April 8, 2002


by Ralph Hood

April 2002

Ralph Hood is a Certified Speaking Professional who has addressed aviation groups throughout North America. A pilot since 1969, he's insured and sold airplanes at retail and distributor levels and taught aviation management for Southern Illinois University. Reach him at [email protected]

I graduated from Clemson University - then known as Clemson Cow College - in the unenlightened dark ages. Nobody ever accused Clemson of being overly sophisticated. The football coach chewed tobacco in public, and visiting dignitaries were taken on a tour of the cow barn. Maybe we weren't, as the song goes, big on social graces; but we were taught, even back then, that import tariffs are a bad thing.

I learned that there is no legitimate economic justification for tariffs on imports. There are arguments, but they have long since been proven wrong.

Now (oh, the sadness of it all) Bush has passed import tariffs on steel and there is no public uproar. How long does it take to educate a country?

It's not as if we don't know better. Both USA TODAY and The Wall Street Journal - widely divergent publications, to say the least - lament these tariffs. Indeed, in reference to the tariffs, WSJ says, "No one pretends an economic rationale exists…This is President Bush's worst day so far."

Bush says the tariffs will last only three years. Sure they will! The income tax was supposed to be temporary, too. Anyone who believes that three-year stuff should look at the history of our sugar tariff, which, with no discernable justification, has penalized the many for the sake of the very few for, lo, these many decades.

USA TODAY says the tariff will cost each American family $200 per year. That is, of course, a best guess. Business and consumers will react to minimize the extra cost, of course, just as we all react to other taxes. (Take a close look at a few service stations. The canopy - the roof that keeps the rain off of those buying gas - does not actually connect with the rest of the building. The reason? Simple. The guvmint, in its infinite wisdom, has declared that the separate canopy can be depreciated much faster than the building itself. Business owners react logically to minimize their taxes.)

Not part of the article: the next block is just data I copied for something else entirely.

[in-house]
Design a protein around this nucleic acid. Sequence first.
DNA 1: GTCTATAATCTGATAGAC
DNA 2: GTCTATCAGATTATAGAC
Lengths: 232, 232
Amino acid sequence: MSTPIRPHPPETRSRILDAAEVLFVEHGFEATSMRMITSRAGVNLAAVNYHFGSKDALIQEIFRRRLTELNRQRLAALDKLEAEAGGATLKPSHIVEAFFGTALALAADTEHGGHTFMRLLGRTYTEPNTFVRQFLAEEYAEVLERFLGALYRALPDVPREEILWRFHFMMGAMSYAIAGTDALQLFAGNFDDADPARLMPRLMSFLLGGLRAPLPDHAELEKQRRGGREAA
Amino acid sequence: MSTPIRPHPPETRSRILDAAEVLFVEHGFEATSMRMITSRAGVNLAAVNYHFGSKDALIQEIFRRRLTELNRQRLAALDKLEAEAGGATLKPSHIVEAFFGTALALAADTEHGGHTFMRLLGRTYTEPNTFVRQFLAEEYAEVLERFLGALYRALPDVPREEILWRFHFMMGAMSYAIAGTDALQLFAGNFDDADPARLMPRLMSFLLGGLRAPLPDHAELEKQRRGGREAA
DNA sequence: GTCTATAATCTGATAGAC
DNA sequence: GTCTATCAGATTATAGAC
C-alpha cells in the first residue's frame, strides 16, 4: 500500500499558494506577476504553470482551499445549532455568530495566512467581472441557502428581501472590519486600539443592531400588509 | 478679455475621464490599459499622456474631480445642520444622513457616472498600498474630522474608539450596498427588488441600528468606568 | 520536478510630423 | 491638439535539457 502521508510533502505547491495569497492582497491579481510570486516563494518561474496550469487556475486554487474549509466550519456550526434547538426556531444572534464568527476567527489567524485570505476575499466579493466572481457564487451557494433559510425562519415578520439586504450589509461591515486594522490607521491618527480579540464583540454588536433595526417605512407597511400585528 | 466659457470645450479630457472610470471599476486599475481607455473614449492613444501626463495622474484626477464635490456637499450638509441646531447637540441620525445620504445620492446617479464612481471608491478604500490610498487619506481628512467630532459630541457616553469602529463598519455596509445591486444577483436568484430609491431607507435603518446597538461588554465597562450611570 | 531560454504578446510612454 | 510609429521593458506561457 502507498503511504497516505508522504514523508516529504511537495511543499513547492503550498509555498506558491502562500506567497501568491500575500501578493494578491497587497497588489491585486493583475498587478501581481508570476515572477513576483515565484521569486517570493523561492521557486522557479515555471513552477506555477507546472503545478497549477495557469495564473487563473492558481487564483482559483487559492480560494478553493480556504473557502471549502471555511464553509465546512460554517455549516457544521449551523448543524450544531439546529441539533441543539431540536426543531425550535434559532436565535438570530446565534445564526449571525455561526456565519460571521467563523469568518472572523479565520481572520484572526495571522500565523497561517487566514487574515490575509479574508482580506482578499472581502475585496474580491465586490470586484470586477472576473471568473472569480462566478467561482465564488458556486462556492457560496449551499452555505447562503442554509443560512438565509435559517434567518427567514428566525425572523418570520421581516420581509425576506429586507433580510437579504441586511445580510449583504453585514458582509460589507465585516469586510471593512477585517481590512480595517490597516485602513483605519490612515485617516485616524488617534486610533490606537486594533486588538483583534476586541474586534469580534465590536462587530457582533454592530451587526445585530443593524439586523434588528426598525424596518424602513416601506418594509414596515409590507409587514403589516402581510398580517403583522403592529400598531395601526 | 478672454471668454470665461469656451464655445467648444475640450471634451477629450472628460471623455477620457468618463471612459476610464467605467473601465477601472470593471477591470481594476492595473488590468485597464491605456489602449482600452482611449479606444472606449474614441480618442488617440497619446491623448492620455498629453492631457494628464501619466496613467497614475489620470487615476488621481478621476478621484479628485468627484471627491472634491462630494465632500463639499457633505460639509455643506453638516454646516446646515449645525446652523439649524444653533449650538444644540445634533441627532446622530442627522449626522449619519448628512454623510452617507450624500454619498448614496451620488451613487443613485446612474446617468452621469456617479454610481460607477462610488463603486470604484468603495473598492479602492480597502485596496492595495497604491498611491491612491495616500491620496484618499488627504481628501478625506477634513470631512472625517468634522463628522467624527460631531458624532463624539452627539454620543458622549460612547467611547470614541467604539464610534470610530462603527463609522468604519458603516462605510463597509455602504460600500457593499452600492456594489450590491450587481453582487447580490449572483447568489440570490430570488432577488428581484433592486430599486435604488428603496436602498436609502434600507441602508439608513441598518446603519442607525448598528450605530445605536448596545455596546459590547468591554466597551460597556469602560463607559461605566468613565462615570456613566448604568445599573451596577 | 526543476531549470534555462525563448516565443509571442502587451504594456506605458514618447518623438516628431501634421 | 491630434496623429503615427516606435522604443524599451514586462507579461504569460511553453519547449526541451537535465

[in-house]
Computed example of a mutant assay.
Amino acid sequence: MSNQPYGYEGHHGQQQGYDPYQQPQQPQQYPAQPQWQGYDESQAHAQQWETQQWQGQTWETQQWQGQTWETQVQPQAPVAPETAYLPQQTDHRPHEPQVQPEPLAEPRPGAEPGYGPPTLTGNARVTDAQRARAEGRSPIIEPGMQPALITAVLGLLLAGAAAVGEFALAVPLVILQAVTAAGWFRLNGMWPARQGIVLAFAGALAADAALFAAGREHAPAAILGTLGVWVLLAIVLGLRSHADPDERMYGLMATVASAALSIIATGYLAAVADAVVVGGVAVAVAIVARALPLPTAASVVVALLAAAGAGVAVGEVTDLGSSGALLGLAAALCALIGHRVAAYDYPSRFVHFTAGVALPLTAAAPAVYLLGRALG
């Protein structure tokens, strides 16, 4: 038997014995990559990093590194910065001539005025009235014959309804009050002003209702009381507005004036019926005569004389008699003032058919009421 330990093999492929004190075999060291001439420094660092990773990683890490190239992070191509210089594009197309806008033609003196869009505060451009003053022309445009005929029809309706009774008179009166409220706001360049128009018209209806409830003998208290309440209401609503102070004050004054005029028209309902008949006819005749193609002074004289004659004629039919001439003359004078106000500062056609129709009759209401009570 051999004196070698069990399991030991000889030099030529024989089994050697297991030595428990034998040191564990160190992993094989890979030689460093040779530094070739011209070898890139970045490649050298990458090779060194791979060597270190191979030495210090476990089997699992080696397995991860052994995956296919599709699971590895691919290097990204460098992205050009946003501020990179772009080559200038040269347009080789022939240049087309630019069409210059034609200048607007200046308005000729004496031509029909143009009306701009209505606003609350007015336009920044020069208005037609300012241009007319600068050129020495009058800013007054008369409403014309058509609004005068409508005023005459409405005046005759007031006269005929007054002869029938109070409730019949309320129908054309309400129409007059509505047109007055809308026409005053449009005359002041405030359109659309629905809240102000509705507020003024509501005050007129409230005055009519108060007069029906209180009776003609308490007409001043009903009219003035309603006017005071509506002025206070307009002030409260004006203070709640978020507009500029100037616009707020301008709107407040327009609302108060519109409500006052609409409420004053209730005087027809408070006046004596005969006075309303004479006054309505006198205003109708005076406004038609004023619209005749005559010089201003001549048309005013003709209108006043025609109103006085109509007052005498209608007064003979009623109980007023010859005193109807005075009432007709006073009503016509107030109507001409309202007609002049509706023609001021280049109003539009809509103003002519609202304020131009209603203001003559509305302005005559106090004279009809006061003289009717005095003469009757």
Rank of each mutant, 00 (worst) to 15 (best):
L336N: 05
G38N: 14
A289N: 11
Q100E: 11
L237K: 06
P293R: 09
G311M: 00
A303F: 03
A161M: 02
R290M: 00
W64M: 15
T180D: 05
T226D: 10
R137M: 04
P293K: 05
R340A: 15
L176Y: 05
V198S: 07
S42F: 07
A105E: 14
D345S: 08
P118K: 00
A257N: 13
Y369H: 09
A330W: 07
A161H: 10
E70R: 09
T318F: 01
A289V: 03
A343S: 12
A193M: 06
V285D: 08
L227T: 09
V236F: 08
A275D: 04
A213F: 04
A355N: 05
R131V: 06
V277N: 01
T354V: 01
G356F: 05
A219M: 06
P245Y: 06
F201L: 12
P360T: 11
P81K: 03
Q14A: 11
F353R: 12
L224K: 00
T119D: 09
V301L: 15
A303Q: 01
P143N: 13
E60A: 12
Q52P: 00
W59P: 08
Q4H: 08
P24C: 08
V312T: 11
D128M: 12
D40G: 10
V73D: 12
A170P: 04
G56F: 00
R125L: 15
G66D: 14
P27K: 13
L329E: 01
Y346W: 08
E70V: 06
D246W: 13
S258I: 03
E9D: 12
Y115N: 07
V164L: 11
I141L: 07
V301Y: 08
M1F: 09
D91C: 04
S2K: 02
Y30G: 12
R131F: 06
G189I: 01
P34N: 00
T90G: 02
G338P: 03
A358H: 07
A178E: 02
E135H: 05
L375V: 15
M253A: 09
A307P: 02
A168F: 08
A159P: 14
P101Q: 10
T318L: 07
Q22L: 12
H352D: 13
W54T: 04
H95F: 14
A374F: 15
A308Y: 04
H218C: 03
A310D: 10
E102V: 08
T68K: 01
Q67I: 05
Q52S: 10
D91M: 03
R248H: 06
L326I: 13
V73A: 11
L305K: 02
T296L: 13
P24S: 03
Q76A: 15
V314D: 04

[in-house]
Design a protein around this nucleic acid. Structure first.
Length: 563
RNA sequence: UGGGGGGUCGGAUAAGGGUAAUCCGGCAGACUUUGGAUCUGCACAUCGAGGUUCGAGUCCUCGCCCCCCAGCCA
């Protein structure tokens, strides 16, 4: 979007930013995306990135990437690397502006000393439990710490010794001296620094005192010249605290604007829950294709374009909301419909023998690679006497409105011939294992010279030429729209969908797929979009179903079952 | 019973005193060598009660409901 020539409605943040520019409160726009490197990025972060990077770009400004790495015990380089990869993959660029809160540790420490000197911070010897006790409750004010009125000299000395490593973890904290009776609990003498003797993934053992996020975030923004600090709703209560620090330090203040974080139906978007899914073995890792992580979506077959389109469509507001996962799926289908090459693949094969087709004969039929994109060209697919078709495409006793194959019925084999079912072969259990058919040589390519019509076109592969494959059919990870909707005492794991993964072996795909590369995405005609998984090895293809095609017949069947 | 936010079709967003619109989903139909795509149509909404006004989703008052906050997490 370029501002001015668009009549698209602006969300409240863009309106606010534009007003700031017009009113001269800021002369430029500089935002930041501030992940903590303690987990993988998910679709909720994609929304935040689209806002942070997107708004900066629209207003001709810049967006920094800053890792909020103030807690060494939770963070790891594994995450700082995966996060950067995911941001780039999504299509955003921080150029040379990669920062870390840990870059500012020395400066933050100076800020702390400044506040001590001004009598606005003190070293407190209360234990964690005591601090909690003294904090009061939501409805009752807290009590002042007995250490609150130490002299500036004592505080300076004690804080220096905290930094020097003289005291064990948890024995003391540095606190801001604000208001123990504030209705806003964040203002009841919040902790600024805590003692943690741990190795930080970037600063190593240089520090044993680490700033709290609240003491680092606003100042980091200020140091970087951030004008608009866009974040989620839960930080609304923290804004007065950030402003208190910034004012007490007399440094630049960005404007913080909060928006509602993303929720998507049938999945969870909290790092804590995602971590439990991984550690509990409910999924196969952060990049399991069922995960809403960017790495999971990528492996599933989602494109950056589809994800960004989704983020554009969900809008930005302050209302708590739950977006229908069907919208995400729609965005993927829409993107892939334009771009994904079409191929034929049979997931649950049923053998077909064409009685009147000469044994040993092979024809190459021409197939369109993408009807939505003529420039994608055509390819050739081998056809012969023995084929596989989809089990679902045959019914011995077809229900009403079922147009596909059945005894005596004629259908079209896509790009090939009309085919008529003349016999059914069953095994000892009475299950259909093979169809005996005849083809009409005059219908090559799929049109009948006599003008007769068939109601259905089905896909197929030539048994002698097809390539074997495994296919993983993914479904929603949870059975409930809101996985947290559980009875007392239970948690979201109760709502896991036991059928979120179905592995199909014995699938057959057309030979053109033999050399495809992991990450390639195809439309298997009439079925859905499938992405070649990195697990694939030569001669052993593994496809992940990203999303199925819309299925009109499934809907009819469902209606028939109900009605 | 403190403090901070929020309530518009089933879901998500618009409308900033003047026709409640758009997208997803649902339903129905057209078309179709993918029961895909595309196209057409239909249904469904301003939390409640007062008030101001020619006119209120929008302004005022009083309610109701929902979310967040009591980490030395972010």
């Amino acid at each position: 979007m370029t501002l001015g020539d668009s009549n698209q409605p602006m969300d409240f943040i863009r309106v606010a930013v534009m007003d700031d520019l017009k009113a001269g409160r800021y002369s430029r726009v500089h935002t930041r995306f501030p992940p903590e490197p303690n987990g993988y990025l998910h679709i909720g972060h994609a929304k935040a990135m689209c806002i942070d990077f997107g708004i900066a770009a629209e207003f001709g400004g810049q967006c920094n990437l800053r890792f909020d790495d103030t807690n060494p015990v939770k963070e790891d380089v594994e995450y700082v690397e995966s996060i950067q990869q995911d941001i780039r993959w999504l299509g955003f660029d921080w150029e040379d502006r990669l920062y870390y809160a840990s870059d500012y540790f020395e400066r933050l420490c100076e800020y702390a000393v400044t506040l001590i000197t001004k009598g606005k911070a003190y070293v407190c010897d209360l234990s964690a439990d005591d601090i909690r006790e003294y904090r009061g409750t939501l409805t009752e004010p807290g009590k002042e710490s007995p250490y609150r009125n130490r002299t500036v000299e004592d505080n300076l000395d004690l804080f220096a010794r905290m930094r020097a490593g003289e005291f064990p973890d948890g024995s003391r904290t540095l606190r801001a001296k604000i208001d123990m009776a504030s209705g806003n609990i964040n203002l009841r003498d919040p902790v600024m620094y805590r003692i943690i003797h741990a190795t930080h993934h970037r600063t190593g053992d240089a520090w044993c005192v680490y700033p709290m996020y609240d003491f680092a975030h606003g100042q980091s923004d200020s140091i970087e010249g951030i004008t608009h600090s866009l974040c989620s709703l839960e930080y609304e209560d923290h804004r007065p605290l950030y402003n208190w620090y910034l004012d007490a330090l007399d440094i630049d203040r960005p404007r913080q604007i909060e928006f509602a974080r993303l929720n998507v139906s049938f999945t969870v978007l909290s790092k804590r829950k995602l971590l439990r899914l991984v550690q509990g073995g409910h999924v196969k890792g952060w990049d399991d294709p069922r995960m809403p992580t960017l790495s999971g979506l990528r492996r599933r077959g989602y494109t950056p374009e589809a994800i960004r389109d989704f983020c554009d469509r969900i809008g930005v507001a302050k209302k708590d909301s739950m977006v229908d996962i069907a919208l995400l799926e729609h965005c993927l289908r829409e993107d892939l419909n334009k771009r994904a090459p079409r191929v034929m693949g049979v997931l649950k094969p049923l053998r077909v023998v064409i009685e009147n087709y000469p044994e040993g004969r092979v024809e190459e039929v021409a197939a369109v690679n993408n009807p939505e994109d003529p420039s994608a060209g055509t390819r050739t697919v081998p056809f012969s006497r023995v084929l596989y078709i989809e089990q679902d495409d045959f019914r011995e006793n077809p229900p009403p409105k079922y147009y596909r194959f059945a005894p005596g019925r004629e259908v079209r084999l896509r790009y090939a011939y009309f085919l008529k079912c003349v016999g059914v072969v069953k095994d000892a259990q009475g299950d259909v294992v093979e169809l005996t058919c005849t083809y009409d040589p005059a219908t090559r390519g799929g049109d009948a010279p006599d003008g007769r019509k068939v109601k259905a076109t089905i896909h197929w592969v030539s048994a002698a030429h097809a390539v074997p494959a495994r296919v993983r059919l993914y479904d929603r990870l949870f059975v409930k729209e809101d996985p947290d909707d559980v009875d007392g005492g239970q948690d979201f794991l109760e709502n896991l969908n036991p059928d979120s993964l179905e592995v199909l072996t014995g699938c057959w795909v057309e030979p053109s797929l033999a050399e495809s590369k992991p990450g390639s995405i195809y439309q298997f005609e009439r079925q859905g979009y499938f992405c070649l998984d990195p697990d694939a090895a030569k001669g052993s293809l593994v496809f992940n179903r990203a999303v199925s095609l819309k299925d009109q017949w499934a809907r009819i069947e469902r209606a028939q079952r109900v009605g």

Some ask me, "Ralph, wadda you care? You're not in the steel business." Yes, I am, and so are you. We both sell to people who buy steel in many forms. To the extent that their costs go up, they will have less money to spend on your products and mine.

I know Greenspan says we're in the recovery phase, but our economy can ill afford extra costs right now. FORTUNE (Feb. 18, 2002) reports that increased costs caused by the 9/11 attacks will amount to $151 billion per year! $151 billion! Per year! G. Gordon Liddy, when he isn't bragging about his guns and his manhood, would call that $151 thousand million per year. Lord knows we don't need steel tariffs on top of that burden.

Another thing we don't need right now is the anger of our friends in other countries. Even Tony Blair is riled up and threatening retaliatory tariffs, as are Asia and the European Union.

Dr. Hugh Macaulay, a Who's Who economist who has taught all over the world, says that laws like this happen because the few people who want the laws work harder to get them passed than the rest of us work to defeat them. He is right; and I for one feel guilty about my lack of effort.
In Pearl Buck's great book, The Good Earth, Wang Lung cries out in anguished frustration, "Is there to be no end to the spending of money in this house?"

We - all of us - need to ask that question of the guvmint. Often.